## Is the Cosmological Flatness Problem really a problem?

A comment elsewhere on this blog drew my attention to a paper on the arXiv by Marc Holman with the following abstract:

Modern observations based on general relativity indicate that the spatial geometry of the expanding, large-scale Universe is very nearly Euclidean. This basic empirical fact is at the core of the so-called “flatness problem”, which is widely perceived to be a major outstanding problem of modern cosmology and as such forms one of the prime motivations behind inflationary models. An inspection of the literature and some further critical reflection however quickly reveals that the typical formulation of this putative problem is fraught with questionable arguments and misconceptions and that it is moreover imperative to distinguish between different varieties of problem. It is shown that the observational fact that the large-scale Universe is so nearly flat is ultimately no more puzzling than similar “anthropic coincidences”, such as the specific (orders of magnitude of the) values of the gravitational and electromagnetic coupling constants. In particular, there is no fine-tuning problem in connection to flatness of the kind usually argued for. The arguments regarding flatness and particle horizons typically found in cosmological discourses in fact address a mere single issue underlying the standard FLRW cosmologies, namely the extreme improbability of these models with respect to any “reasonable measure” on the “space of all space-times”. This issue may be expressed in different ways and a phase space formulation, due to Penrose, is presented here. A horizon problem only arises when additional assumptions – which are usually kept implicit and at any rate seem rather speculative – are made.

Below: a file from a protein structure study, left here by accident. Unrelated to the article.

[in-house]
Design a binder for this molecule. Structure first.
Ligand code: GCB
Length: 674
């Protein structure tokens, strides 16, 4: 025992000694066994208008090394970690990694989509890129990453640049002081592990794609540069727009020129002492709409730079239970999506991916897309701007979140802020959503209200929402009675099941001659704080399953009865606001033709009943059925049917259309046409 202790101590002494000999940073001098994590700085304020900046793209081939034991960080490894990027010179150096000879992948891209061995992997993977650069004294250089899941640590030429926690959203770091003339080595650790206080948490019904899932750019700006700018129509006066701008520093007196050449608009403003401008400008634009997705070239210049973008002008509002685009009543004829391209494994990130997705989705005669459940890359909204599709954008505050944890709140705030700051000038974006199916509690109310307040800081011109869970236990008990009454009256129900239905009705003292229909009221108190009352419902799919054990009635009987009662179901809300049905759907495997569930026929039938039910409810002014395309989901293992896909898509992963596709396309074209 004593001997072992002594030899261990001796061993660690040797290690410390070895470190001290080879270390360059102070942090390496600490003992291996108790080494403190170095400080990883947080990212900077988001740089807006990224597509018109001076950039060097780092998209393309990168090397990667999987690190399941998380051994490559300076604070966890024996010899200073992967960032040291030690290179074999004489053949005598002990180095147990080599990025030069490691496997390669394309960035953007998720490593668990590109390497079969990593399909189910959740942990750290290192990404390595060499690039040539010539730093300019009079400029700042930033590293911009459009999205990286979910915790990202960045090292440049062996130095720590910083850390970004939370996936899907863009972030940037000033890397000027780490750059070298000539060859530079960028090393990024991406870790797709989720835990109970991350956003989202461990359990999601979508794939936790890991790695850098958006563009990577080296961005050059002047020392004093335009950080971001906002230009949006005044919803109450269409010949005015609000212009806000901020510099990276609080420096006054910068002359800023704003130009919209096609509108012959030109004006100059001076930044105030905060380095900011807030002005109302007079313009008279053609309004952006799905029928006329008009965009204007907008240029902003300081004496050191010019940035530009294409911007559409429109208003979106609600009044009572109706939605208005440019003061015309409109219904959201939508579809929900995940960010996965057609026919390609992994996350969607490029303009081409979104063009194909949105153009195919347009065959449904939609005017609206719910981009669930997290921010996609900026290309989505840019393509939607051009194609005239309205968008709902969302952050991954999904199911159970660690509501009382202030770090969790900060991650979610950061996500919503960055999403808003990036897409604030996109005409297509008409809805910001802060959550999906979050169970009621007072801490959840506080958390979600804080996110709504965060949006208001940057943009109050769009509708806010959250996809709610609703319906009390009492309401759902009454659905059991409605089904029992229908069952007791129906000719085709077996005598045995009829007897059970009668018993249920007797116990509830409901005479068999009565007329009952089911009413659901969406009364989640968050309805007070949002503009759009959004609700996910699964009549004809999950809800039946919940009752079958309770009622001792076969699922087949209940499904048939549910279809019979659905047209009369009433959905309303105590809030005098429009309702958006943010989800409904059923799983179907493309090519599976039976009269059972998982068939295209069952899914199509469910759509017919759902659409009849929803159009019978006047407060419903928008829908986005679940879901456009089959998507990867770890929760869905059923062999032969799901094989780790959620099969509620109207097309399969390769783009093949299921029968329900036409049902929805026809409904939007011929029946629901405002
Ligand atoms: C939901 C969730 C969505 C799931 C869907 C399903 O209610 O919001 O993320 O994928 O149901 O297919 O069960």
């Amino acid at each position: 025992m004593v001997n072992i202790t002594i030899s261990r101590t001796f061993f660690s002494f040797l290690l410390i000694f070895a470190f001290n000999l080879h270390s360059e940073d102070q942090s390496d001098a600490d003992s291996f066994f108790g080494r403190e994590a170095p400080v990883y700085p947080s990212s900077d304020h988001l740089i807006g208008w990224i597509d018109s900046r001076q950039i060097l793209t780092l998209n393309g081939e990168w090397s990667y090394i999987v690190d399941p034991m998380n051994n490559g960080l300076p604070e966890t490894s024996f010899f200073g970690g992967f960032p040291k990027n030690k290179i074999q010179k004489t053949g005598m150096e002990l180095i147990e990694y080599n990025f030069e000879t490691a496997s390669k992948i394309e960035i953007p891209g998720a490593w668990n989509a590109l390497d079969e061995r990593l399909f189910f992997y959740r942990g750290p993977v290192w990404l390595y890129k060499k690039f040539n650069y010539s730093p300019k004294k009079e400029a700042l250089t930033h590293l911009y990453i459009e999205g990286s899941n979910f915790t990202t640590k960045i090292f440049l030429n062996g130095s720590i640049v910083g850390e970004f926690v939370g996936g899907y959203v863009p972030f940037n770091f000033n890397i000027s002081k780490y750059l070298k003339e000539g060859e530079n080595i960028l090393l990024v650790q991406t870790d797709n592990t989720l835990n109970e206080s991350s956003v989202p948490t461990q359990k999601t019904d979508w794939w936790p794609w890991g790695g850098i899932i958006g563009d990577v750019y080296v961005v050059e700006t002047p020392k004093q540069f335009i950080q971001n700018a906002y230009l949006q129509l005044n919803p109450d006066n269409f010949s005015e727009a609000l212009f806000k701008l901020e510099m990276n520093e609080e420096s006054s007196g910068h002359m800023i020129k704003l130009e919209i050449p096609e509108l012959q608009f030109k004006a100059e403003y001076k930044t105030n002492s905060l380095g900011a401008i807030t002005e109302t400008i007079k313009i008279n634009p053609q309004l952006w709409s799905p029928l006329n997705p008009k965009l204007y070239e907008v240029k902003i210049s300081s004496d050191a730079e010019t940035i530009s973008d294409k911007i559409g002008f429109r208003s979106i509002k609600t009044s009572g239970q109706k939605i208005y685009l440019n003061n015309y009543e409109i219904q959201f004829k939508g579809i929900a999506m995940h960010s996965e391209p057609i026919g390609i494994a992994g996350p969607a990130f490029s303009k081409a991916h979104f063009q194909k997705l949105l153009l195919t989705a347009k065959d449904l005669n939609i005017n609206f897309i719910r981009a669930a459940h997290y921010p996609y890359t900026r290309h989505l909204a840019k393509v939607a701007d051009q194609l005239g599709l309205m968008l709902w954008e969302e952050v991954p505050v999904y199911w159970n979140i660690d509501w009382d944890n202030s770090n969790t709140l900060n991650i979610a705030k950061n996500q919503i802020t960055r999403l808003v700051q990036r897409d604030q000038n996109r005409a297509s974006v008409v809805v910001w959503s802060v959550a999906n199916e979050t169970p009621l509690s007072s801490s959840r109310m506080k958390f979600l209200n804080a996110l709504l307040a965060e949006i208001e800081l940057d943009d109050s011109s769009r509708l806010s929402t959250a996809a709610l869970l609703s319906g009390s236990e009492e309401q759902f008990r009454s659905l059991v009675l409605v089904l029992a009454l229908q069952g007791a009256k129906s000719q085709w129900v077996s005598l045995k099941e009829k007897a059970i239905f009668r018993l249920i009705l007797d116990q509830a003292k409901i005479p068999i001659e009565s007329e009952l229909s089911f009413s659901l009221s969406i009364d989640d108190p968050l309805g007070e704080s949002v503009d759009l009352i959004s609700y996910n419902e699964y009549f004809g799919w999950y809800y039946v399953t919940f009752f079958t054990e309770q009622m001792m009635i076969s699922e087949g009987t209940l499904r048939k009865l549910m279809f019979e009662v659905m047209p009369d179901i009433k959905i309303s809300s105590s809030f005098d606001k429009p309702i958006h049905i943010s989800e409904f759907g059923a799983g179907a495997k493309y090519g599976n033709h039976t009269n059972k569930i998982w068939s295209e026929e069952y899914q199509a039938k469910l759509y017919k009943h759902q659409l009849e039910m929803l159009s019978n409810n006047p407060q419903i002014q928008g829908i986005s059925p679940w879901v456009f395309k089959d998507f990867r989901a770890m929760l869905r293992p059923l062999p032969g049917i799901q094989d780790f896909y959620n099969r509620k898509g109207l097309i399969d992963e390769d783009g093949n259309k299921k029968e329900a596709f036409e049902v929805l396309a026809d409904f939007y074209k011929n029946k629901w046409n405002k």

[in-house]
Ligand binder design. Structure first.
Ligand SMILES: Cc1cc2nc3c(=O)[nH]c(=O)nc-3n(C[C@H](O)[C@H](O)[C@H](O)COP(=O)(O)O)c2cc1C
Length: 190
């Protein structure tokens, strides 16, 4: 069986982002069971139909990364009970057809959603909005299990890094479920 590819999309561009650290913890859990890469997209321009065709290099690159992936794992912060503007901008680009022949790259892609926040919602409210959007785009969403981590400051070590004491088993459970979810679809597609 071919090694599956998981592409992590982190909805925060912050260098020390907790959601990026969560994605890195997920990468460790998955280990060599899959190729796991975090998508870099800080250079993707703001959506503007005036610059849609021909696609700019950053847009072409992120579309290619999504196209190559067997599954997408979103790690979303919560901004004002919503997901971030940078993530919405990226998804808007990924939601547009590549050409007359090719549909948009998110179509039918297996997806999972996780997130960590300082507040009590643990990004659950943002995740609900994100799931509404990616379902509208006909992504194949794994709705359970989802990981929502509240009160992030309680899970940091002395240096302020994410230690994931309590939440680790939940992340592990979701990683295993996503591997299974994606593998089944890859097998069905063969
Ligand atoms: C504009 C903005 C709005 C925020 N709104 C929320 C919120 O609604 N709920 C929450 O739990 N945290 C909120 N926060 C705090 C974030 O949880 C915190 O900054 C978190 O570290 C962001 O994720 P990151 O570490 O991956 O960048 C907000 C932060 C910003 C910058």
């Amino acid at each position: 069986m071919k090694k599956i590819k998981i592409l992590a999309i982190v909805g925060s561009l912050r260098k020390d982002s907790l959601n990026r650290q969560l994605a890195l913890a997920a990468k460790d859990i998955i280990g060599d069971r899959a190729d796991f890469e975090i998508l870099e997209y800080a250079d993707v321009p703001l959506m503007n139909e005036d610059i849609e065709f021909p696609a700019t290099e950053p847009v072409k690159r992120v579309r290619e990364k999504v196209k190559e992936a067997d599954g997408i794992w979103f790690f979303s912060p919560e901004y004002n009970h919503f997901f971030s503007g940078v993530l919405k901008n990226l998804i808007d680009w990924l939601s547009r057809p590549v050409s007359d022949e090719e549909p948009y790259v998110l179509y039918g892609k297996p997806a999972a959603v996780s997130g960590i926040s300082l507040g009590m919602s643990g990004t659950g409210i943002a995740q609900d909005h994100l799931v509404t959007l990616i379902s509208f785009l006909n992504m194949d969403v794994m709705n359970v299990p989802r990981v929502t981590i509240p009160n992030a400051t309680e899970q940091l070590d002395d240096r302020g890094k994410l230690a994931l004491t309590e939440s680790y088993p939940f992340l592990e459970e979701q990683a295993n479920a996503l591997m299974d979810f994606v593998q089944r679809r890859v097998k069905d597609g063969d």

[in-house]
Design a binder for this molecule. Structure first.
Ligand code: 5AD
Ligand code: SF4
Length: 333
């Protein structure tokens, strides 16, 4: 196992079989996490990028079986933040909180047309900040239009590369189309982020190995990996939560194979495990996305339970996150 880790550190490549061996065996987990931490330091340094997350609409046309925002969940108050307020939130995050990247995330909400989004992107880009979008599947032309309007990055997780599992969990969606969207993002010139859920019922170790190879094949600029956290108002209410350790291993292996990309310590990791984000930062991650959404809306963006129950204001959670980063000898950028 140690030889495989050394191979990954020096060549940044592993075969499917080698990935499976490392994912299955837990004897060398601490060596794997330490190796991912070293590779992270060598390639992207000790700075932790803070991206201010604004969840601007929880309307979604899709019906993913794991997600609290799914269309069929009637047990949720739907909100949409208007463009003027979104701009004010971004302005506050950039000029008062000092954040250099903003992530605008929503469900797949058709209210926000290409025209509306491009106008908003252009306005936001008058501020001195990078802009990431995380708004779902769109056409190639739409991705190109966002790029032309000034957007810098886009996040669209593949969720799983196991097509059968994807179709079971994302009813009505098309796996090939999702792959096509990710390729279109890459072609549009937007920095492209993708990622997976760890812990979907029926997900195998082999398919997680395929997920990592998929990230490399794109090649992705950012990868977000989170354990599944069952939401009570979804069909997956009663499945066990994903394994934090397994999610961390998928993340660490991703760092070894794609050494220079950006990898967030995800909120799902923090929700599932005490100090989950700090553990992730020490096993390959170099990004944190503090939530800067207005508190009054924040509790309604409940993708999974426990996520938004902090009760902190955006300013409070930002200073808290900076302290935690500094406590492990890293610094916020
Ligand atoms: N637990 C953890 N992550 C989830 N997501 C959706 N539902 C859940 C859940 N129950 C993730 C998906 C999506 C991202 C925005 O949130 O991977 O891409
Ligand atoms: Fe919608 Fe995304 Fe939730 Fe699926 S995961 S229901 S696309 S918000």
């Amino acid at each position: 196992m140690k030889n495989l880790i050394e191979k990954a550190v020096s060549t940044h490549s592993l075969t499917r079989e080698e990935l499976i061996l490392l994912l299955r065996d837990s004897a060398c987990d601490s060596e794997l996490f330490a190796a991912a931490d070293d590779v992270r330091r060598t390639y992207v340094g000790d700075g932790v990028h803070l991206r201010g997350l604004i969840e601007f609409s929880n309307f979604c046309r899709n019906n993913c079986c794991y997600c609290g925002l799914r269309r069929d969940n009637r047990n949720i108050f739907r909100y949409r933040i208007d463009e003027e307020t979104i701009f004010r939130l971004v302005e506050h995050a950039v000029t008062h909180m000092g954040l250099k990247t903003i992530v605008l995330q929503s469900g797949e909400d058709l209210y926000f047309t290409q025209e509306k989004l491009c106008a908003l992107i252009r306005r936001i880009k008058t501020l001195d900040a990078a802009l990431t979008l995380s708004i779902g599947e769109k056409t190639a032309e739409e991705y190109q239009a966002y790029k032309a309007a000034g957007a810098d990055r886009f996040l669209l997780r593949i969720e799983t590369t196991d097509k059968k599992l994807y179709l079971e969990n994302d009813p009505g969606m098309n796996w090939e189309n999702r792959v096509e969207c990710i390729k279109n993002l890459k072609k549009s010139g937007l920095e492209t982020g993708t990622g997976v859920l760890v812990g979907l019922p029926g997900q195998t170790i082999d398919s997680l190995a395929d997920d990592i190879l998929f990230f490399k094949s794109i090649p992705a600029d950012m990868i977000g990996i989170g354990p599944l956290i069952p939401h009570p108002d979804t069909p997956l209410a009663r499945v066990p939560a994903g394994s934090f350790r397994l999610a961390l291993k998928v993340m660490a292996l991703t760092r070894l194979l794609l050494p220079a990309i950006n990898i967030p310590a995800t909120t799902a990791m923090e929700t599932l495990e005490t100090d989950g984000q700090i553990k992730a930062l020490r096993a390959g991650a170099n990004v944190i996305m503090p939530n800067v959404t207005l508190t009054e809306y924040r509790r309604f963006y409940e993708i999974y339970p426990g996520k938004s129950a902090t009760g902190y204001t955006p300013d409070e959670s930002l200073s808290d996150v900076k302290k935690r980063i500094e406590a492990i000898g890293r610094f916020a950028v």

It’s an interesting piece on a topic that I’ve blogged about before. I think it’s well worth reading because many of the discussions of this issue you will find in the literature are very confused and confusing. Apart from mine of course.

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March 30, 2018 at 5:32 am

Ashok Singal also pointed this out. See

https://arxiv.org/abs/1603.01539